By now you’ve surely heard that moving forward, every company will be a software company, and that shift is happening now as companies large and small scramble to transform into digitally-driven organizations.
Wherever you turn, businesses are facing tremendous disruptive pressure. What’s interesting is that the theory about how firms should be dealing with this massive change is itself in flux, transforming if you will, as organizations come to grips with the idea that the most basic ways they do business are being called into question.
Just over a year ago when I researched this topic, I found that the general method for dealing with disruption was developing pockets of innovation inside a company using labs or incubators to prime the innovation pump. Today, when I explore the same issues, I’m finding that companies are taking a much more comprehensive approach that has to do with reviewing every department and business process in the organization.
There are one million cybersecurity job openings in 2016. Where are all of those jobs? This week we take a look at the cybersecurity job boom in the U.S. government sector.
The Office of Personnel Management (OPM) suffered the largest cyber attack over the past year, resulting in the theft of contact records on more than twenty million people including those who applied for government security clearances and went through background checks, and nearly two million spouses and domestic partners of those applicants. As the OPM hack news unraveled, it got worse — revealing that hackers stole the digital fingerprints of more than five million people employed by the U.S. federal government… the same fingerprints that are sometimes used for access to so-called locked down buildings and computers.
OPM recently announced it is hiring 1,000 new cybersecurity professionals, which have been approved by the U.S. Department of Homeland Security (DHS). Federal News Radio recently listed the duties the new cyber hires will carry out – which includes cyber risk and strategic analysis, incident handling and malware/vulnerability analysis, program management, distributed control systems security, cyber incident response, cyber exercise facilitation and management, cyber vulnerability detection and assessment, network and systems engineering, enterprise architecture, intelligence analysis, investigation, investigative analysis and cyber-related infrastructure interdependency analysis.
JEFFERSON CITY, Mo. – Missouri homeowners, renters and business owners are eligible and encouraged to purchase National Flood Insurance Program (NFIP) policies even if their home or business isn’t located in a flood plain or high-risk zone.
The NFIP aims to reduce the impact of flooding on private and public structures. It does so by providing affordable flood insurance and encouraging communities to adopt and enforce floodplain management regulations.
NFIP insurance is available to homeowners, renters, condo owners/renters, and commercial owners/renters. But in order to purchase a policy the residence or business must in a community that participates in the NFIP. Missouri communities in the program are listed here — http://www.fema.gov/cis/MO.html. Other communities can request to be added if they meet certain criteria.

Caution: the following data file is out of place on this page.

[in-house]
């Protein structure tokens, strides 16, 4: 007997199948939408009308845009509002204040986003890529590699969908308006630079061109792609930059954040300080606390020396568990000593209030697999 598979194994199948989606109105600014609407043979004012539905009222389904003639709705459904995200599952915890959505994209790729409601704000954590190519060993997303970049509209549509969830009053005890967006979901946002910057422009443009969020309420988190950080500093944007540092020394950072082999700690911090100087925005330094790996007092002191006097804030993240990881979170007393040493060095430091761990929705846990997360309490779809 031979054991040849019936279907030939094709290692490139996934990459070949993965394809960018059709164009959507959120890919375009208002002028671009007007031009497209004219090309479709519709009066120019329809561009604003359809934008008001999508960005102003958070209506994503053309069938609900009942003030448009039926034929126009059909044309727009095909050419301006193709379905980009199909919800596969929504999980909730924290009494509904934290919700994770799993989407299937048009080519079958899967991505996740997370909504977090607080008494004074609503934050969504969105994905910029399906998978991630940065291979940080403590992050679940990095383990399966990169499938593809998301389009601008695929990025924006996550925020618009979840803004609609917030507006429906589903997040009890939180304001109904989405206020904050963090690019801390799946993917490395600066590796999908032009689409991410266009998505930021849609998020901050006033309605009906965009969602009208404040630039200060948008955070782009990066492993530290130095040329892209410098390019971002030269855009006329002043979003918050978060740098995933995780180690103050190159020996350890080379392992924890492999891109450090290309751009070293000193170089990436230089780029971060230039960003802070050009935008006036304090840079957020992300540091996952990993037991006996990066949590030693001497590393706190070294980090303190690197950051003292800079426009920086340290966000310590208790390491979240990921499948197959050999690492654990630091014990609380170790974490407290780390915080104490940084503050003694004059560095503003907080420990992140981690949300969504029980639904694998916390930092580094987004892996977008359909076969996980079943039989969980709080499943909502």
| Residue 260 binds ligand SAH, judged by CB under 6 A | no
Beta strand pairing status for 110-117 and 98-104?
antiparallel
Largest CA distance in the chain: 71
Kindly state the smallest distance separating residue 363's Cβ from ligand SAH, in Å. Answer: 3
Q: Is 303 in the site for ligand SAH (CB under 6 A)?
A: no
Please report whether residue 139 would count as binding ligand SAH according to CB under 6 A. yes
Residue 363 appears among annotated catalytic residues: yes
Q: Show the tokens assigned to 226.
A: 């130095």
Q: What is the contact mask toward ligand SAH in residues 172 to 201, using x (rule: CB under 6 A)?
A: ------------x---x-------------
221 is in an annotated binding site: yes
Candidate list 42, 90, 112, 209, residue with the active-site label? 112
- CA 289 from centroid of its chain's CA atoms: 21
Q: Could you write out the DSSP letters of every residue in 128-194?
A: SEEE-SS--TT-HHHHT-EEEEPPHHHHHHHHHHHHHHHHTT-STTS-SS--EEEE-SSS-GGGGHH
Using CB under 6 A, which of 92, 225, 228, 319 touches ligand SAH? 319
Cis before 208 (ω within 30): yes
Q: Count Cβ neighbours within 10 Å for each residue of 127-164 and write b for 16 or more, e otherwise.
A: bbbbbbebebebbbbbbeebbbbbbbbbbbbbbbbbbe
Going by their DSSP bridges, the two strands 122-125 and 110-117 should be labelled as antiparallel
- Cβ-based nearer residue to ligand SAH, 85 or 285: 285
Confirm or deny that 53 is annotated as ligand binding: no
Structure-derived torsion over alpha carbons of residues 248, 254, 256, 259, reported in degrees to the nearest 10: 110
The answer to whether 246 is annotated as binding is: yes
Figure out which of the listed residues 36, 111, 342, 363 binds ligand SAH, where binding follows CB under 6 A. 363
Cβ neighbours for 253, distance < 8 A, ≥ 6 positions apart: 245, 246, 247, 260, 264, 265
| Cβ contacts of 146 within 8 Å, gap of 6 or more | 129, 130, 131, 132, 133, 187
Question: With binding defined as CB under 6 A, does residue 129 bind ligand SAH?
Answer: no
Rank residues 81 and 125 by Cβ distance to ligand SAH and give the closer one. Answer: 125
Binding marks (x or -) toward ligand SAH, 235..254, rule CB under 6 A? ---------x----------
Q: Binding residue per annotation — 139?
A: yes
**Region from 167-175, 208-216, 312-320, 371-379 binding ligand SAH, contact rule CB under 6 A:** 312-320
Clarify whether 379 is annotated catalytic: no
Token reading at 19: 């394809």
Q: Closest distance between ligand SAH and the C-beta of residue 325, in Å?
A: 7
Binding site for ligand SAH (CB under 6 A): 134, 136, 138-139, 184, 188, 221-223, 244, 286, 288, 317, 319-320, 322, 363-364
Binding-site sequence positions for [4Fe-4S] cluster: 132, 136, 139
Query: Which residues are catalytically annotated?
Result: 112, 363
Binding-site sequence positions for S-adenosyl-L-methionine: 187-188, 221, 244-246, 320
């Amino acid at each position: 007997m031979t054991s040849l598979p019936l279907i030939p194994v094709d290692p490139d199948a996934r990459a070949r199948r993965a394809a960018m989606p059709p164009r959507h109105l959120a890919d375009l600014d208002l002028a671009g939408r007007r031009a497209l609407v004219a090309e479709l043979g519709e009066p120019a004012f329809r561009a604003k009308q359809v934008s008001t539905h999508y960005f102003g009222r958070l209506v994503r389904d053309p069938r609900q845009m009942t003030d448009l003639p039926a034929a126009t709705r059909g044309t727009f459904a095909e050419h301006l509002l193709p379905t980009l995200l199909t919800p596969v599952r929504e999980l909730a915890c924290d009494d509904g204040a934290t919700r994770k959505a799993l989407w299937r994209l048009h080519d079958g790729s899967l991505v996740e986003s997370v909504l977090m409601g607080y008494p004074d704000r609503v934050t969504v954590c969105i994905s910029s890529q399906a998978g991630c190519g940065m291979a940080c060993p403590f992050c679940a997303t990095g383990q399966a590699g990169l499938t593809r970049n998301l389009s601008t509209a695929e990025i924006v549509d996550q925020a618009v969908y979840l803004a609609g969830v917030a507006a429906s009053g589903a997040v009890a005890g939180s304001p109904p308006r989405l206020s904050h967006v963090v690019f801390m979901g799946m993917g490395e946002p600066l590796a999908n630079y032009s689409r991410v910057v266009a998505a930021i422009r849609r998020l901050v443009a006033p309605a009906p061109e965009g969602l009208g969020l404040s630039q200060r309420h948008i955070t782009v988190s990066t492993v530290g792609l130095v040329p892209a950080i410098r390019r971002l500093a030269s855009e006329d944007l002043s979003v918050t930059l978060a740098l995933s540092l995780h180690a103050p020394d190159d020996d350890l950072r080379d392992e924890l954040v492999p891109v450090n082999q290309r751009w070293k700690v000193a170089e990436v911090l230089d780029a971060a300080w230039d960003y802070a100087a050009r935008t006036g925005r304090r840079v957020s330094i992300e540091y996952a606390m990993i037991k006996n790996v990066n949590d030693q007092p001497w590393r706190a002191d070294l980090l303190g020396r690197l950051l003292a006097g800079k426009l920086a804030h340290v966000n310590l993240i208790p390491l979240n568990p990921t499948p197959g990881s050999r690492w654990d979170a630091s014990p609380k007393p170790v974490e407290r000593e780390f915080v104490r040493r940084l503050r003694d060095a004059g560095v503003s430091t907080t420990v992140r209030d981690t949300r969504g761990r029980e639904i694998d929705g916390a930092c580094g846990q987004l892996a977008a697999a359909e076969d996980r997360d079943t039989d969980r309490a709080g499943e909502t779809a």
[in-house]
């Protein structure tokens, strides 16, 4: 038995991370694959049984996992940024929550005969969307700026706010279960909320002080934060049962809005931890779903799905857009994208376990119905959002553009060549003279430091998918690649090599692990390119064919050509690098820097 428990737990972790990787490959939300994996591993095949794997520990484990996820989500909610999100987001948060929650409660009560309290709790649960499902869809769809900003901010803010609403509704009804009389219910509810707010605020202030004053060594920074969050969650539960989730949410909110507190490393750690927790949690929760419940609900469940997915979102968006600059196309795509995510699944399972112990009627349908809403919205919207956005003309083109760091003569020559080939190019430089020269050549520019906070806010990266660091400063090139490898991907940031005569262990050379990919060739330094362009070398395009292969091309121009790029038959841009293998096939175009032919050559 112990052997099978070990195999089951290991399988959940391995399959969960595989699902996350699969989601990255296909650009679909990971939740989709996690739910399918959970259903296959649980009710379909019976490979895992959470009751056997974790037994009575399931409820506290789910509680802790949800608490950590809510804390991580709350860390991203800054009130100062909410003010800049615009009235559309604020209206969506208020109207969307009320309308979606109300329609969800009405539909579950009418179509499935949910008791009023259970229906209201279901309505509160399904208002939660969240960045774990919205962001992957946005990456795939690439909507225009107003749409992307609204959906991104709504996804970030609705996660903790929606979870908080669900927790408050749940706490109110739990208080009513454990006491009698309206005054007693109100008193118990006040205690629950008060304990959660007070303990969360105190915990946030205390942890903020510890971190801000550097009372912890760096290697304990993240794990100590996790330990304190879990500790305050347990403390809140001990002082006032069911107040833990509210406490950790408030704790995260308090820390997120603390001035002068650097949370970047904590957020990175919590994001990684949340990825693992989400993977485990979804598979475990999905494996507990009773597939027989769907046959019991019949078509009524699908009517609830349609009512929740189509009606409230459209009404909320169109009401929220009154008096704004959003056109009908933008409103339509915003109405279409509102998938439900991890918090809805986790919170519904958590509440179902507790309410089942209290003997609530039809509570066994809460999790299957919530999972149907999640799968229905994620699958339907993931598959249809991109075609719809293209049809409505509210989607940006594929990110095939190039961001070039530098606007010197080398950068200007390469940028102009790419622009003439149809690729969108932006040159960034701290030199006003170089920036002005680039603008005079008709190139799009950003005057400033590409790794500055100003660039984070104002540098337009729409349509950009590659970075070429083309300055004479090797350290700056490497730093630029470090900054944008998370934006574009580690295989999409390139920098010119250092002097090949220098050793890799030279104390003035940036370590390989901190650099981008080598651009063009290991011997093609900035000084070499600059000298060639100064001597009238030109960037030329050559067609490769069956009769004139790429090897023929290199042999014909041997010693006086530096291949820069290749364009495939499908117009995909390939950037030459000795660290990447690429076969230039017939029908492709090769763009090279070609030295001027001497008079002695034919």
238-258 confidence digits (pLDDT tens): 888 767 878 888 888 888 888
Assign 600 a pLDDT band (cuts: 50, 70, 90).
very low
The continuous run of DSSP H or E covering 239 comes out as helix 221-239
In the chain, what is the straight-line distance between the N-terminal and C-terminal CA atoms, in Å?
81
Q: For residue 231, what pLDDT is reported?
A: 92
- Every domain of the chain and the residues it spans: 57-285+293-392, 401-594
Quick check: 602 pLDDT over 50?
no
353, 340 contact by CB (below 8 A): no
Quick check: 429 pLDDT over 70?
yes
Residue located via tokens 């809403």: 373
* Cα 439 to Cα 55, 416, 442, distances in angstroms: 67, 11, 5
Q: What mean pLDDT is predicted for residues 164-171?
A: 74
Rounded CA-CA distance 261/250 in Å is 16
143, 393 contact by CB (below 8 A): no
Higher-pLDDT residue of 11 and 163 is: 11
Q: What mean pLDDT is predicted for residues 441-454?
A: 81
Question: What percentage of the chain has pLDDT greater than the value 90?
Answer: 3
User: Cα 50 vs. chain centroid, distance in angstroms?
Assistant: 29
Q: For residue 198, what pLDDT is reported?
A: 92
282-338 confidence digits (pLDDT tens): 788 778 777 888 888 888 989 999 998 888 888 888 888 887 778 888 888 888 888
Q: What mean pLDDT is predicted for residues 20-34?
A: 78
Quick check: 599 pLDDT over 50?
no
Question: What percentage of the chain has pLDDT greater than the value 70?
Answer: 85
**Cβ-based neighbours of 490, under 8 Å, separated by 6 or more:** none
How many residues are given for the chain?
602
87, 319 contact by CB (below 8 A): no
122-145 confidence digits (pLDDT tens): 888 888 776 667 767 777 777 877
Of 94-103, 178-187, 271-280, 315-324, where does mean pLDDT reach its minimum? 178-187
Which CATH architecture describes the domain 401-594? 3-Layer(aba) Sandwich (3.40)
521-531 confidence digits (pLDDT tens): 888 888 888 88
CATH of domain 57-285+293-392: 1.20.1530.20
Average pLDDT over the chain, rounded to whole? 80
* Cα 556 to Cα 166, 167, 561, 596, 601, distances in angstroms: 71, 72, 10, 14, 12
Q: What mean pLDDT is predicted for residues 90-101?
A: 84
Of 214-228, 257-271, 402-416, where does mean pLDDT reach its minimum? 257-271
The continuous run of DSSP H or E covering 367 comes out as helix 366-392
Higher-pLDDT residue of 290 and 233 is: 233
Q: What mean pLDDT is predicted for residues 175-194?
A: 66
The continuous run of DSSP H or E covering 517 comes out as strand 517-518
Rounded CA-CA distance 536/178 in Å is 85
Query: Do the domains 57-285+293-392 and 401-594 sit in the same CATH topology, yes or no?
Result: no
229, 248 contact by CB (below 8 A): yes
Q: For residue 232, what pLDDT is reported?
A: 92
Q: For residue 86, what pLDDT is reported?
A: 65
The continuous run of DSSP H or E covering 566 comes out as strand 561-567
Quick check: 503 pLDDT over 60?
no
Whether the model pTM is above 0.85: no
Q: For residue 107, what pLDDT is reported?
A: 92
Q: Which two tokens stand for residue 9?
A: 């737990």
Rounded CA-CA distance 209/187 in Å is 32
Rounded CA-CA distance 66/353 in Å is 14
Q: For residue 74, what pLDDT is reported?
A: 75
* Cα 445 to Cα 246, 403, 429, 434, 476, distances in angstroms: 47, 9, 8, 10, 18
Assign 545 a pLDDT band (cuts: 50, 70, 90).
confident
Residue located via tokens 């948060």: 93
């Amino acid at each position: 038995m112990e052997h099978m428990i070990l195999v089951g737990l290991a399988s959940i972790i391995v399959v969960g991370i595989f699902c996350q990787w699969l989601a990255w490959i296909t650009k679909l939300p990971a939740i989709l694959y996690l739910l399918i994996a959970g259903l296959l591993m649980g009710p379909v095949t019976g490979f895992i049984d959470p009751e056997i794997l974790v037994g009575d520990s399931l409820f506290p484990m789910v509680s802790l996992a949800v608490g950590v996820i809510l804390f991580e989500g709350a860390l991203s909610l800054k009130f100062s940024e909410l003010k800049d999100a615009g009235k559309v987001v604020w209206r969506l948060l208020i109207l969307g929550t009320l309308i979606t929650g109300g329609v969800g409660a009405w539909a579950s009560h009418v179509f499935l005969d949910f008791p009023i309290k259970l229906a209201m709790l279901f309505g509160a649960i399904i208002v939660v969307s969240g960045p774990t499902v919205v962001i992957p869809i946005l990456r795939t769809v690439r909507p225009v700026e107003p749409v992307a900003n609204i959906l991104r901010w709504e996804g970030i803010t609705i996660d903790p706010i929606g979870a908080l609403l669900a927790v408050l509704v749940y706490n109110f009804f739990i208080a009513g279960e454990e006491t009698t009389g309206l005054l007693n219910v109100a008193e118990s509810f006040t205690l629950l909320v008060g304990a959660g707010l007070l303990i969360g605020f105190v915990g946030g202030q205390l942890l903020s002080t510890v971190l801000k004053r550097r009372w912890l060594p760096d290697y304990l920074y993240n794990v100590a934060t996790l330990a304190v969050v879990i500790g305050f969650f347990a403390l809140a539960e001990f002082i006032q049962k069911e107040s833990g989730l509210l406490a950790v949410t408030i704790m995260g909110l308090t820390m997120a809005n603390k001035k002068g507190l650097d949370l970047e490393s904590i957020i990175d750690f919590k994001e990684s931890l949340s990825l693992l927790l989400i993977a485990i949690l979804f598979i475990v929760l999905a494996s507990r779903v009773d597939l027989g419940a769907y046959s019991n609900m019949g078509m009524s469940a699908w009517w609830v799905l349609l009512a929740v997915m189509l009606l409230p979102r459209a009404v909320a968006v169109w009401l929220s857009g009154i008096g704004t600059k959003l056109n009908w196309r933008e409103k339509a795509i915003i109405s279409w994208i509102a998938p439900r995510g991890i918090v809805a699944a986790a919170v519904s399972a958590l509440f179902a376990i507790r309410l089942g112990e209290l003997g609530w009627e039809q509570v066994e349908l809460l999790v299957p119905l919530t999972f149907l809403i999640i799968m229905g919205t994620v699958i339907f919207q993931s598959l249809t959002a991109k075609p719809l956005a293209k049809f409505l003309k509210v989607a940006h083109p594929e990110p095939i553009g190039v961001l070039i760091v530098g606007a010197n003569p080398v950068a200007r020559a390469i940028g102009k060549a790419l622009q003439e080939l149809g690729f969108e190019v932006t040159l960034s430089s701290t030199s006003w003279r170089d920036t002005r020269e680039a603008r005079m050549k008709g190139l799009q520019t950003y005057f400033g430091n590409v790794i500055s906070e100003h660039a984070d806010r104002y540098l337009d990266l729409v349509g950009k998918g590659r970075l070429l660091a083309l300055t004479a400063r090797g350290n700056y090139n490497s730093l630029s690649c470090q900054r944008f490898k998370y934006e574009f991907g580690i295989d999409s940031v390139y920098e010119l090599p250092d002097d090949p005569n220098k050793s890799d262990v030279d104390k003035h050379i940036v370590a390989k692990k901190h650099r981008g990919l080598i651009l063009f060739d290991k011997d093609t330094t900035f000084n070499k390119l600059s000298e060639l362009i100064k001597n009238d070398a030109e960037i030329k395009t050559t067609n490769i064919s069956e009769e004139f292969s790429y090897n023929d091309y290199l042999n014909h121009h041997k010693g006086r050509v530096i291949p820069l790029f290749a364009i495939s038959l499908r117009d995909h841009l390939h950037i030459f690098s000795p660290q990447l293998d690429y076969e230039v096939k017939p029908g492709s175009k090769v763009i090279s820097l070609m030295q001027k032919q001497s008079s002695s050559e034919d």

More than 70 private insurance agents or agencies in Missouri are certified to sell and service NFIP policies, including all of those listed on this link — http://www.fema.gov/wyo_company
Residents can also contact their own insurance agent or company to find out more about federal flood insurance or find an agent serving their area by filling out the One-Step Flood Risk Profile on the FloodSmart.gov home page (www.floodsmart.gov).
Costs vary depending on how much insurance is purchased, what is covered and the property's level of flood risk. Those in moderate- to low-risk areas can purchase a special Preferred Risk Policy (PRP) that provides building and contents coverage for one low-price. Typically, there's a 30-day waiting period from date of purchase before your policy goes into effect.
Why is an NFIP policy necessary if federal aid is available after a flood? Federal disaster assistance typically comes in the form of small grants or low-interest loans to help cover flood damage, not to fully compensate for losses. Even then, those grants and loans are only available if the president formally declares a disaster. NFIP policies are not dependent on a federal disaster declaration.
Flooding occurs in moderate- to low-risk areas as well as in high-risk areas due to factors like poor drainage systems, rapid accumulation of rainfall, snowmelt, and broken water mains. In addition to floods, NFIP policies also cover damage from mudflows. In fact, over 20-percent of all flood insurance claims come from areas outside of mapped high-risk flood zones.
NFIP policyholders who have questions about their flood insurance policy or the claims process, as well as disaster survivors who have general questions about the program, can contact the support hotline by calling toll-free 800-621-3362. For individuals who are deaf, hard of hearing or have a speech disability using 711 or VRS, please call 866-337-4262. For individuals using a TTY, please call 800-462-7585.
Disaster recovery assistance is available without regard to race, color, religion, nationality, sex, age, disability, English proficiency or economic status. If you or someone you know has been discriminated against, call FEMA toll-free at 800-621-FEMA (3362). For TTY call 800-462-7585.
FEMA’s mission is to support our citizens and first responders and ensure that as a nation we work together to build, sustain, and improve our capability to prepare for, protect against, respond to, recover from, and mitigate all hazards.
For real-time disaster updates, follow us on Twitter at https://twitter.com/femaregion7 and turn on mobile notifications.